Discourse around the North has become increasingly focused on environmental and societal changes, as global scientific, political and economic interests assert increasing influence on the landscape. Issues including environmental change, human adaptation, and post-colonial governance and strategies have all played a part in the changing paradigm that is our cultural understanding of `the North'. In research, however, the North has so far been approached mainly as a region, the environment, inhabitants and cultures of which are seen as natural variables.
In a strong departure from conventional discussions of the North, the editors of this volume have drawn together a collection of chapters that present the North as a unique way of knowing, with its own needs, practices, concepts and worldviews. This Northern, epistemic gaze positions the North's own conceptions of politics, human agency, history, and social relations as pivotal to its understanding, relationships and interaction with the world. The chapters are empirically focused around particular questions of Finnish Sami history, politics and being, and include contributions from internationally known scholars of the North (Tim Ingold and Thomas Hylland Eriksen), citizenship, gender and belonging (Nira Yuval-Davis), and nationalism (Michael Skey).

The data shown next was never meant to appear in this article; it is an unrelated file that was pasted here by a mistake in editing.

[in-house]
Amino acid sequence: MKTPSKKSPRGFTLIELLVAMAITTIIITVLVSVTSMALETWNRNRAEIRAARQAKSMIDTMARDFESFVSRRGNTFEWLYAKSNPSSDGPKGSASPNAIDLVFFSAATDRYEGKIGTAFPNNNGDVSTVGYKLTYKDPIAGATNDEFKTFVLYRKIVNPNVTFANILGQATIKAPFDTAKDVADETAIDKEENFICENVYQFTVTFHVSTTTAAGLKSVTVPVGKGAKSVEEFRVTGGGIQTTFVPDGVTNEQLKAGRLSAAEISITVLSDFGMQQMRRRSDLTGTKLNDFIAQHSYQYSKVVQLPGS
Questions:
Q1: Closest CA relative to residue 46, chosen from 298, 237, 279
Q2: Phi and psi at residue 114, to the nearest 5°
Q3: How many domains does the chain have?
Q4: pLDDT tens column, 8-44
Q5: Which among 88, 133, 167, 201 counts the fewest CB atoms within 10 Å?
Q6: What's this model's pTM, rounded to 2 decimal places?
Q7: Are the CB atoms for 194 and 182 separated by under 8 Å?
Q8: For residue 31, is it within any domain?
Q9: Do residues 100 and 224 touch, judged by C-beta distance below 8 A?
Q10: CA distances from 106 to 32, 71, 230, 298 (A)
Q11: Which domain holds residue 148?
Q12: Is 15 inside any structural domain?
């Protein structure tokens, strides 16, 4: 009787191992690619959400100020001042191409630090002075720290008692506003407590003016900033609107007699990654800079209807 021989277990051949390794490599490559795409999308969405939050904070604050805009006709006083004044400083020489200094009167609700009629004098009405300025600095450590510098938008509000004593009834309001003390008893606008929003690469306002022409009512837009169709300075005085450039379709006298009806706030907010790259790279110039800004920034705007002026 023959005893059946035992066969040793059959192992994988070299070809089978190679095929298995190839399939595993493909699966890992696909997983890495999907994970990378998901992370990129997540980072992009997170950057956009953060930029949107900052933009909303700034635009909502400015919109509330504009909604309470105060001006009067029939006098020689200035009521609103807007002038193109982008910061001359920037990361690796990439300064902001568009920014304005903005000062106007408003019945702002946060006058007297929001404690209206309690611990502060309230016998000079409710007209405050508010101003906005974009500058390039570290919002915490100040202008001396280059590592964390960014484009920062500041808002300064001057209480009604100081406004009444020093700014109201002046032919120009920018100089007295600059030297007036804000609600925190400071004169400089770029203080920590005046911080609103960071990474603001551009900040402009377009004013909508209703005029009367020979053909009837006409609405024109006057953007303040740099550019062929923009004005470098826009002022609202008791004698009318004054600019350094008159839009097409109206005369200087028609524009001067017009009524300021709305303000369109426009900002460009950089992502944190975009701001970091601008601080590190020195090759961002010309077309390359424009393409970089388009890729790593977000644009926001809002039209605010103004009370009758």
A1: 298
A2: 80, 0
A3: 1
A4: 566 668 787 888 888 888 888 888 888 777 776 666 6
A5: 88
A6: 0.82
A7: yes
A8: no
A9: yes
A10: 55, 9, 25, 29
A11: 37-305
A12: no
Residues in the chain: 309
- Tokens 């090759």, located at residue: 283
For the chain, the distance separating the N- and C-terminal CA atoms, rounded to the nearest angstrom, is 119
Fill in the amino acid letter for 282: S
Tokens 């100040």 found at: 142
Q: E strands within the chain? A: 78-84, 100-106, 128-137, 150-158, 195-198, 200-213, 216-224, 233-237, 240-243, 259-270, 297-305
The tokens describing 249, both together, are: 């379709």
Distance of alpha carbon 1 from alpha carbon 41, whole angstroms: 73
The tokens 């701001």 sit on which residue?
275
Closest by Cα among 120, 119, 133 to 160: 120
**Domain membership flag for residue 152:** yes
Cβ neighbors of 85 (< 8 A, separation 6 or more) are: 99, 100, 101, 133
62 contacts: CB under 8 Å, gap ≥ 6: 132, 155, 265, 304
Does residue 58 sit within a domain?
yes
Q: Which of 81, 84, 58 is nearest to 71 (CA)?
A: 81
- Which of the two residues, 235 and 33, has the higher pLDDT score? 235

Providing a key indigenous perspective on current Artic issues of global relevance, the book aims to offer alternative ways of theorizing questions of being and belonging. Essential reading for scholars of the Arctic, Sami culture, Indigenous Studies, Post-colonial Studies and Indigenous Methodology.
Publisher: Taylor & Francis Ltd
Number of pages: 264
Dimensions: 235 x 159 mm
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